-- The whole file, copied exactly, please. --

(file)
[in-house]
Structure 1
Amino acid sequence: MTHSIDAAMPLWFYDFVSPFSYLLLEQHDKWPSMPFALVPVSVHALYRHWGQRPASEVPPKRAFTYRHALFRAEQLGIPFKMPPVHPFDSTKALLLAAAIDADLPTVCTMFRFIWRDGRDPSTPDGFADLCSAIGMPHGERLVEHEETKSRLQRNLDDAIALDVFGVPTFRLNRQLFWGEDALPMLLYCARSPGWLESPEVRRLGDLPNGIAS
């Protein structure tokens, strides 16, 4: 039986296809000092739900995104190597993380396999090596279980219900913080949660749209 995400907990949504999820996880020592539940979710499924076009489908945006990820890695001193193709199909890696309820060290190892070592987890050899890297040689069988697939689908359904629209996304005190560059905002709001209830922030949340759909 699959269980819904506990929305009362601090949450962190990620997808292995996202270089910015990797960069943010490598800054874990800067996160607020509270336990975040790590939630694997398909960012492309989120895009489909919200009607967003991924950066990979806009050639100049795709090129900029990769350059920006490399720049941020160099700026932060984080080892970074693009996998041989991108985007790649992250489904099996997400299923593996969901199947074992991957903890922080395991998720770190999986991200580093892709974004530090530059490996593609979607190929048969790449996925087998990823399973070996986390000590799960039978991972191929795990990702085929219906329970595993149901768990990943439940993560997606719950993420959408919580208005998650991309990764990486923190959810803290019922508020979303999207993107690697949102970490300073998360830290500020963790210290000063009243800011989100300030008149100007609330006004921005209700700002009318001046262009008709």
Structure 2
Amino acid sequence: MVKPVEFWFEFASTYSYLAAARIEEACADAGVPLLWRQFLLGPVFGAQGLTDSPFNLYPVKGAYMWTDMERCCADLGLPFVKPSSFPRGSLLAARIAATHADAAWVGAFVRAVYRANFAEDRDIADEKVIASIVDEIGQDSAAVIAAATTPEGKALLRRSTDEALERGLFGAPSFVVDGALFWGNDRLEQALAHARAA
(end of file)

[in-house]
Structure 1
Amino acid sequence: MTHSIDAAMPLWFYDFVSPFSYLLLEQHDKWPSMPFALVPVSVHALYRHWGQRPASEVPPKRAFTYRHALFRAEQLGIPFKMPPVHPFDSTKALLLAAAIDADLPTVCTMFRFIWRDGRDPSTPDGFADLCSAIGMPHGERLVEHEETKSRLQRNLDDAIALDVFGVPTFRLNRQLFWGEDALPMLLYCARSPGWLESPEVRRLGDLPNGIAS
């Protein structure tokens, strides 16, 4: 039986296809000092739900995104190597993380396999090596279980219900913080949660749209 995400907990949504999820996880020592539940979710499924076009489908945006990820890695001193193709199909890696309820060290190892070592987890050899890297040689069988697939689908359904629209996304005190560059905002709001209830922030949340759909 699959269980819904506990929305009362601090949450962190990620997808292995996202270089910015990797960069943010490598800054874990800067996160607020509270336990975040790590939630694997398909960012492309989120895009489909919200009607967003991924950066990979806009050639100049795709090129900029990769350059920006490399720049941020160099700026932060984080080892970074693009996998041989991108985007790649992250489904099996997400299923593996969901199947074992991957903890922080395991998720770190999986991200580093892709974004530090530059490996593609979607190929048969790449996925087998990823399973070996986390000590799960039978991972191929795990990702085929219906329970595993149901768990990943439940993560997606719950993420959408919580208005998650991309990764990486923190959810803290019922508020979303999207993107690697949102970490300073998360830290500020963790210290000063009243800011989100300030008149100007609330006004921005209700700002009318001046262009008709």
Structure 2
Amino acid sequence: MVKPVEFWFEFASTYSYLAAARIEEACADAGVPLLWRQFLLGPVFGAQGLTDSPFNLYPVKGAYMWTDMERCCADLGLPFVKPSSFPRGSLLAARIAATHADAAWVGAFVRAVYRANFAEDRDIADEKVIASIVDEIGQDSAAVIAAATTPEGKALLRRSTDEALERGLFGAPSFVVDGALFWGNDRLEQALAHARAA